Members of a Delaware church on a mission trip are among the hundreds of Americans stranded in Haiti amid violent protests over rising gas prices.
Pastor Roger Frederick of Cornerstone United Methodist Church in Bear, Delaware and a group of 15 children and four adults traveled to Haiti for a week-long service mission.
During their stay, Haiti’s government announced an increase in gasoline prices in which a liter of regular gas would cost nearly $5. The announcement sparked violent protests as people reportedly burned tires and vandalized businesses in Haiti’s capital. At least three people were killed.
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Police also say the bodies of four people were found Sunday in the streets of the Delmas district, though they didn’t say if their deaths were related to the protests.
With the situation still chaotic, the U.S. Embassy in Port-au-Prince on Sunday warned U.S. citizens to shelter in place.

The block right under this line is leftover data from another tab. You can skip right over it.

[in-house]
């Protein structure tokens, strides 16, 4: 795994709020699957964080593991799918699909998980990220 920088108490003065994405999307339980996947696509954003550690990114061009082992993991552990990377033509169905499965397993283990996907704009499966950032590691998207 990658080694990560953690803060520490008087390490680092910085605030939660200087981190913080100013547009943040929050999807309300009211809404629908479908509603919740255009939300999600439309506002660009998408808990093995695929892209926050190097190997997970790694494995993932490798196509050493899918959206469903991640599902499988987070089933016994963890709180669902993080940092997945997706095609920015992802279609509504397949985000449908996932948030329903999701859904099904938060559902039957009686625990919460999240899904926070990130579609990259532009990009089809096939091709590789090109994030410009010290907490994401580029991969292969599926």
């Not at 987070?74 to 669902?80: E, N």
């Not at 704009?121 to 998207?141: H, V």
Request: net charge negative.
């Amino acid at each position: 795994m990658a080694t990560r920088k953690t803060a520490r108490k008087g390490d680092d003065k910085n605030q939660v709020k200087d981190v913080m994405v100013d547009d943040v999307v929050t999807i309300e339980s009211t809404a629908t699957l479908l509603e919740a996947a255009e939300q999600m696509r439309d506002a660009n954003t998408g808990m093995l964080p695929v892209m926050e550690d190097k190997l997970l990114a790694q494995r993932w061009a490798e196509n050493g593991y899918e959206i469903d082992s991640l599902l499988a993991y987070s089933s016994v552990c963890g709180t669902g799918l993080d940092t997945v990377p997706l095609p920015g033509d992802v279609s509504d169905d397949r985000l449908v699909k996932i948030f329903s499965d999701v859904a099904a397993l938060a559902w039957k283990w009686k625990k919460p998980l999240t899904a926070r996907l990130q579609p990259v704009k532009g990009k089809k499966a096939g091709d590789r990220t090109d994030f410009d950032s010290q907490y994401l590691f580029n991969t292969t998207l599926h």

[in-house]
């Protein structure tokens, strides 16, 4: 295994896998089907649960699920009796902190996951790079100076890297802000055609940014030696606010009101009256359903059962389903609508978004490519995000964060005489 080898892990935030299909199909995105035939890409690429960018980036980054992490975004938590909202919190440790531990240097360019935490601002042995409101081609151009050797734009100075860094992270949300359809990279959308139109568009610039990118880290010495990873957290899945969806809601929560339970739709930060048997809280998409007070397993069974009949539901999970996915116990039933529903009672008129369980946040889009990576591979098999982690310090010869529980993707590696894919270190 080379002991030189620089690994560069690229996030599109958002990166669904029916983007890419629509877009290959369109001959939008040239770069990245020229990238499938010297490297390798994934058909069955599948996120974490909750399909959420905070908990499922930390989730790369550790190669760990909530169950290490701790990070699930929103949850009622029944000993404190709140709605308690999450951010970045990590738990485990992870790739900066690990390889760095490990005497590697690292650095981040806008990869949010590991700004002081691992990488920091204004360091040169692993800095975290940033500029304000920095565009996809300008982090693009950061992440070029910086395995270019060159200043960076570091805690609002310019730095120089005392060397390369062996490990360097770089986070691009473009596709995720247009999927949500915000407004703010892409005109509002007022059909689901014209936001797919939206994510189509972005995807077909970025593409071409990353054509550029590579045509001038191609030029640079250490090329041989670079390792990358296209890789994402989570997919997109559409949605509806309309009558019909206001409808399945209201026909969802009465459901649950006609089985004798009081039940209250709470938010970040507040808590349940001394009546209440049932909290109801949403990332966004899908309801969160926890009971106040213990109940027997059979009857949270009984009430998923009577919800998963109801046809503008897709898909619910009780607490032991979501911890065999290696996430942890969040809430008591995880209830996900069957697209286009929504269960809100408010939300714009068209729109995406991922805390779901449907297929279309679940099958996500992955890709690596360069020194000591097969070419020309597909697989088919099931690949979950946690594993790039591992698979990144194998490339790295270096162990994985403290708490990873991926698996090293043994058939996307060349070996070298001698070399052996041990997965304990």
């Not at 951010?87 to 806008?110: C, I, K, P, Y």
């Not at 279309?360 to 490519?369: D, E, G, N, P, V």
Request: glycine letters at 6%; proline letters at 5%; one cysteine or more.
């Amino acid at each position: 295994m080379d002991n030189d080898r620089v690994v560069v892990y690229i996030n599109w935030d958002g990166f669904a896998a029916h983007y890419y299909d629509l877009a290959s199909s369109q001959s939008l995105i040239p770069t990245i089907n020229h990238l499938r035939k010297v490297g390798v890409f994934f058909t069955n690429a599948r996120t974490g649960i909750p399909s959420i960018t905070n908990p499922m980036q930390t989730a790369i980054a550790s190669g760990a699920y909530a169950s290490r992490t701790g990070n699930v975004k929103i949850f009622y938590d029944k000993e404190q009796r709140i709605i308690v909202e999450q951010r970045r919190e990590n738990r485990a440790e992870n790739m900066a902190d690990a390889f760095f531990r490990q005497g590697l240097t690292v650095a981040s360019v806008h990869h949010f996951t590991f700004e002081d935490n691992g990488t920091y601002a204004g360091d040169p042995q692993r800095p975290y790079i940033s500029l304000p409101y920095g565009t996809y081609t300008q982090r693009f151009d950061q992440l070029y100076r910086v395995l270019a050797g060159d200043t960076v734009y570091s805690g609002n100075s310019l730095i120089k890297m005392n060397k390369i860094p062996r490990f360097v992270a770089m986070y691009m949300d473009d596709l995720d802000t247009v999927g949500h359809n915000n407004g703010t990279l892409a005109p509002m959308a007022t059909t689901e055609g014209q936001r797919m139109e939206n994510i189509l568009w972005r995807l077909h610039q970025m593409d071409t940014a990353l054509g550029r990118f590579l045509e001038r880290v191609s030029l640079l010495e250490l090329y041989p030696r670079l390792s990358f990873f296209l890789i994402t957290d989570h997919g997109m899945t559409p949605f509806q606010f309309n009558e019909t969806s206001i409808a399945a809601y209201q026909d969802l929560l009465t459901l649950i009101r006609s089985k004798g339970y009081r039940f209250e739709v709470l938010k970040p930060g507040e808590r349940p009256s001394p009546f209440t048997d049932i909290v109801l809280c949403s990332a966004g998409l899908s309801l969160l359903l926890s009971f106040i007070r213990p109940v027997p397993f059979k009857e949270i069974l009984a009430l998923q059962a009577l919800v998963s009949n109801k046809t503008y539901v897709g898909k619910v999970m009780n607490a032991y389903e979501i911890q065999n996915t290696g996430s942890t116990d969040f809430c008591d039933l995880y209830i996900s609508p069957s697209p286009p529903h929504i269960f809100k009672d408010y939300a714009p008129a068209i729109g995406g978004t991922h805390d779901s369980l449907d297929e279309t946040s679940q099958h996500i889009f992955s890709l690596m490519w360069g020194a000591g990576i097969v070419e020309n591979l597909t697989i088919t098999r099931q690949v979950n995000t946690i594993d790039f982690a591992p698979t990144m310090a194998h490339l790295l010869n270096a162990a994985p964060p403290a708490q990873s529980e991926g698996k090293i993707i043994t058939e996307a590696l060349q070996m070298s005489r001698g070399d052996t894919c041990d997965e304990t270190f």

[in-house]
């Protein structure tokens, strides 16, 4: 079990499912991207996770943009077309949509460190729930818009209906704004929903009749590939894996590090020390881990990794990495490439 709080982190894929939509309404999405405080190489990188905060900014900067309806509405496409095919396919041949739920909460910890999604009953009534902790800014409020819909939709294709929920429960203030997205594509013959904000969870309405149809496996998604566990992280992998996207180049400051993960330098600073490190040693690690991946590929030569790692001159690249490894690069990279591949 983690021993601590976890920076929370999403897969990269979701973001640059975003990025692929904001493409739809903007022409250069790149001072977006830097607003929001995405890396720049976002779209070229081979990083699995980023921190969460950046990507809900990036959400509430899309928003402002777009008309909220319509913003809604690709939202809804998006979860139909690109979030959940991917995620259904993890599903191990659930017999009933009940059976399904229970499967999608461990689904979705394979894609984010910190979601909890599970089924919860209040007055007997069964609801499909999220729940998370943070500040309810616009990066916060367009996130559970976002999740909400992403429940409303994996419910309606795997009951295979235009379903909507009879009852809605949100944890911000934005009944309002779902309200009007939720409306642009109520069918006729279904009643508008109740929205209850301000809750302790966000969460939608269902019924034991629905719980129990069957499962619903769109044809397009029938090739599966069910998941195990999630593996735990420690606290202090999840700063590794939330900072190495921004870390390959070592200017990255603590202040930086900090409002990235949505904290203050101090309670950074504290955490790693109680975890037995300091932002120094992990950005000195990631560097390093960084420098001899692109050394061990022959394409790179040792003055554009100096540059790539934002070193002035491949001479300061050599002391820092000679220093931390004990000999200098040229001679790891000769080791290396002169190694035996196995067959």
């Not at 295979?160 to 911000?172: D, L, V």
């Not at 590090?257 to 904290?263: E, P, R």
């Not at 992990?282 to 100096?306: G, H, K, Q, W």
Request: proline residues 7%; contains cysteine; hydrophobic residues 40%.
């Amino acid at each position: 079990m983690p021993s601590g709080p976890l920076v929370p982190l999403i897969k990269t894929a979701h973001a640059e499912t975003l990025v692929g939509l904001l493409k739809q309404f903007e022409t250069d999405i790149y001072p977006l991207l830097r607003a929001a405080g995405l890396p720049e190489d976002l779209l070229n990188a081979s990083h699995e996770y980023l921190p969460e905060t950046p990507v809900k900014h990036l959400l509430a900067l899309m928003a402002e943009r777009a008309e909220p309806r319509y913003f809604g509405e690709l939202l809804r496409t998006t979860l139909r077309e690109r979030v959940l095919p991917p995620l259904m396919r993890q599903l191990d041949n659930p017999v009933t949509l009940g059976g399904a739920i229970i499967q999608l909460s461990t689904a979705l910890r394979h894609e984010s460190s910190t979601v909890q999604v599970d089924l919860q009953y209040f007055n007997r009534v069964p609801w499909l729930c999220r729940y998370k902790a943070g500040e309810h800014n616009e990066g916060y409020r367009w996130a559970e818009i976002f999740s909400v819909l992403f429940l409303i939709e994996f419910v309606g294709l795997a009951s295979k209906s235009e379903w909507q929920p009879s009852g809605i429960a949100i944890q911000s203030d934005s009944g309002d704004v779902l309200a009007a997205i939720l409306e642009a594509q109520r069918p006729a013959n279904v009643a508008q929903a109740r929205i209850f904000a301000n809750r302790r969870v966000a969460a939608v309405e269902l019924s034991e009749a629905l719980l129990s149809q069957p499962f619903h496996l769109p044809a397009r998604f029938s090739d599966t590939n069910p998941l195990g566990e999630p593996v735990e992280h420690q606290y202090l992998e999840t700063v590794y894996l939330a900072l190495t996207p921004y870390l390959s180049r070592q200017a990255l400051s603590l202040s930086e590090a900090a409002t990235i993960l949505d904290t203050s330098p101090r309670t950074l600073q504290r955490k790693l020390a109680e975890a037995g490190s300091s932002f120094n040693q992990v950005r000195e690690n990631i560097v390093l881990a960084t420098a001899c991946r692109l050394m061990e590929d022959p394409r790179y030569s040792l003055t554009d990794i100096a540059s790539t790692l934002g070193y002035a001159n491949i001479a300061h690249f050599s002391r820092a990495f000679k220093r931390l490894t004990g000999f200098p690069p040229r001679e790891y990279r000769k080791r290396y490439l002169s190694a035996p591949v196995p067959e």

“They were burning tires in the streets and they couldn’t travel safely,” Pastor Paul Owens of Cornerstone United Methodist Church, said. “I guess the embassy said stay in place, be safe where you’re at. Don’t try to go out.”
Passengers traveling to and from Haiti from the United States are on standby, as some airlines have canceled flights due to the violence. Pastor Roger’s group is currently hunkered down in a compound.
“Everybody is doing well,” Pastor Roger said. “We are taking care of each other.”
While the group remains in good spirits, their loved ones back home are nervous and anxious for them to return. Pastor Roger’s wife Carolyn Frederick hopes her husband and the entire group will be back by Wednesday.
“They understand the situation,” she said. “They know God is in control, he’s got this and that they trust they’re going to see their families.”